Cannibalism was common long ago, says study: ScienceAlert

The rituals with which we humans bid farewell to our dead vary from time to time and place to place. But while a funeral custom is probably relatively rare, it seems it is more widespread than we thought.

A new analysis of Paleolithic human remains across Northern Europe shows that cannibalism was a common cultural practice, practiced across a much larger geography than previously recognized.

The people of this time period in Europe, about 15,000 years ago, lived in what is known as the Magdalenian culture, and new findings indicate that cannibalism was a widespread Magdalenian funerary practice.

“Instead of burying their dead, these people were eating them,” explains paleontologist Sylvia Bello of the Natural History Museum in London.

“We interpret the evidence that cannibalism was practiced on several occasions over a short period of time in north-western Europe as that the practice was part of a wider funerary behavior among Magdalenian groups. This is interesting in itself, because This is the oldest evidence of cannibalism as a funerary practice.”

skull cup
A human skull from Gough’s Cave was deliberately shaped into a cup or bowl after peeling. (Trustees of the Natural History Museum, London)

Although time has wreaked havoc on much of humanity’s history, the Magdalenian culture has left a fairly rich record of their art and technology – the stone and bone artifacts with which they worked and beautified their lives. We also have many of their bones, preserved for millennia.

We do not have a particularly good understanding of their funerary practices. Archaeologists have collected indications that these practices may have been quite different from those of today; In particular, bones from Gough’s Cave in Cheddar Gorge – yes, home of the famous Cheddar Man – show evidence of cannibalism.

Cannibalism is considered rare for humans. But other Magdalenian assemblages, Bello and fellow archaeologist William Marsh of the Natural History Museum note, show possible signs of it, suggesting that Gough’s Cave may not have been something of a strange outlier.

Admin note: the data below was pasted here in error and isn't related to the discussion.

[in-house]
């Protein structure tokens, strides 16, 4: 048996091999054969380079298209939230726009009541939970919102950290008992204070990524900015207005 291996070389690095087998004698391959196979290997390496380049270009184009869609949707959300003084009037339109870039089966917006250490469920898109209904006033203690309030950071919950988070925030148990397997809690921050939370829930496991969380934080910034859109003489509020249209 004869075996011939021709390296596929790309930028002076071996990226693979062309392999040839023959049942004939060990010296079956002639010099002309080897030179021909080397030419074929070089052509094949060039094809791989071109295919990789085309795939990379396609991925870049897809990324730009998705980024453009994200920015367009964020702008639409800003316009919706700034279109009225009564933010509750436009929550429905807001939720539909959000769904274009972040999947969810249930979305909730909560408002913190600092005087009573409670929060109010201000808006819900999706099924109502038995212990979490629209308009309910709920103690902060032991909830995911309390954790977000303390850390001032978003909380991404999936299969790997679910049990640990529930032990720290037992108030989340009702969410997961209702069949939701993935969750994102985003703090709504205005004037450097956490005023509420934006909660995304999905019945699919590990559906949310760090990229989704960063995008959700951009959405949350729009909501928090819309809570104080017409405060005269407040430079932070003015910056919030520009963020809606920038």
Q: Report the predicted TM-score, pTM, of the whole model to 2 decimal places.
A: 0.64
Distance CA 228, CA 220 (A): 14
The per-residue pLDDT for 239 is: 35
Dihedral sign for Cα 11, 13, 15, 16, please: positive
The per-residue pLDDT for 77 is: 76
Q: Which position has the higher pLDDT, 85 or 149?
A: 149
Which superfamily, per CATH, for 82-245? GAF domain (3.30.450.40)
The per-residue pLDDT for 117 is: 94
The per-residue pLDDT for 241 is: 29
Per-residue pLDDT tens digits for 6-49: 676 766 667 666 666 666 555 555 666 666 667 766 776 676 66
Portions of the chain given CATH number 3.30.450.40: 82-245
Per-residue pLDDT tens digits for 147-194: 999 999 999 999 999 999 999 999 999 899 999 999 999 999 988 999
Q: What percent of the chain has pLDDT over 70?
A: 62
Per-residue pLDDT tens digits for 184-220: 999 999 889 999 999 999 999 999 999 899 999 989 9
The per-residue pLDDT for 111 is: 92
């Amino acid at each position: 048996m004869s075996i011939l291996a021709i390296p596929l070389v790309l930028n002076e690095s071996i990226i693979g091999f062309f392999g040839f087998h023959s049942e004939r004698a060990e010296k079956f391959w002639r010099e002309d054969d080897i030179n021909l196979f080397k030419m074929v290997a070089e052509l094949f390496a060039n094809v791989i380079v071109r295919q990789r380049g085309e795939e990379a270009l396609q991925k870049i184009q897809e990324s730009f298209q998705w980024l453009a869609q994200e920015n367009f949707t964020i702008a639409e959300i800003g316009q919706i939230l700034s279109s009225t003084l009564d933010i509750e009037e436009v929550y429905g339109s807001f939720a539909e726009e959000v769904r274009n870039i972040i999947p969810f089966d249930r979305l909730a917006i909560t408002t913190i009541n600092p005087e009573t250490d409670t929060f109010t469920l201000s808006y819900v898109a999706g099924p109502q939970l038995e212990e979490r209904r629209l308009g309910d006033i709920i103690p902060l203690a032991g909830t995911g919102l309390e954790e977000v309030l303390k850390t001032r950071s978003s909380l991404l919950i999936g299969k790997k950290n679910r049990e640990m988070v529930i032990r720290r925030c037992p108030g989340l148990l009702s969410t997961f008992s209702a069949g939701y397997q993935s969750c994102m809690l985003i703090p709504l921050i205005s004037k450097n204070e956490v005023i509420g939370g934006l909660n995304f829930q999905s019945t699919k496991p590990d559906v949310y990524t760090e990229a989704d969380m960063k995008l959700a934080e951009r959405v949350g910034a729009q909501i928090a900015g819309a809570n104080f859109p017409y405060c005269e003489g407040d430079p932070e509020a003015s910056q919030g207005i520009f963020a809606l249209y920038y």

The pair investigated the topic thoroughly, reviewing published literature to look for evidence of cannibalism throughout Europe. This did not just mean Magdalenian. Europe was home to two distinct cultures during the Upper Paleolithic. The Magdalenians scattered to the north-west. The south-east was home to the Epigravetians.

Bellow and Marsh studied 59 sites, both Magdalenian and Epigravettian. They found evidence of funerary practices at 25 of these sites. At 10 of those sites, it appears that the dead were buried, and then left alone to rest.

But at 13 sites, human bones found signs of postmortem manipulation – cuts and teeth marks for butchering, eating and using the bones as tools and utensils, such as cups or bowls made from human skulls. Evidence of both burial and cannibalism was found at the remaining two sites.

bone marks
Marks on Magdalenian human bones are consistent with deliberate processing. (Trustees of the Natural History Museum, London)

Interestingly, all evidence of cannibalism was found in Magdalenian sites.

“The fact that we find that cannibalism is often carried out on multiple occasions in a short period of time, in a fairly local area and only by individuals attributed to the Magdalenian culture, means that we believe that this behavior is typical of the Magdalenian , and so it was a fun treat in itself,” says Marsh.

The team also conducted genetic analysis on the bones associated with these funerary rites. They found that the culture that buried their dead – the Epigravetians – was genetically distinct from the culture that ate them, the Magdalenians. Evidence also suggests that the Epigravettian culture lasted several thousand years longer than the Magdalenian. And burial became the principal means of dealing with the dead.

Magdalenian Skull Cup
Magdalenian skull cups from Gough’s Cave (left) in England and Courbet Cave (right) in France. (Marsh & Bello, quot. Science Rev., 2023)

All together this suggests that rather than the two cultures merging, a set of cultural practices became more acceptable, with the Epigravetians replacing the Magdalenians.

“At this time, during the last period of the Paleolithic, you really see a change in both genetic lineage and funerary behavior. The lineage and funerary behavior associated with the Magdalenian are replaced by the lineage and funerary behavior associated with the Epigravettian, which “There is a sign of population replacement as Epigravettian groups moved into north-western Europe,” explains Marsh.

“We believe that rather than being an example of intercultural diffusion, the changes in funerary behavior identified are an example of detrital diffusion where essentially one population comes in and replaces another population.”

Marsh and Bello say further research will be needed to understand this horrific burial practice.

Research has been published in quaternary science reviews,

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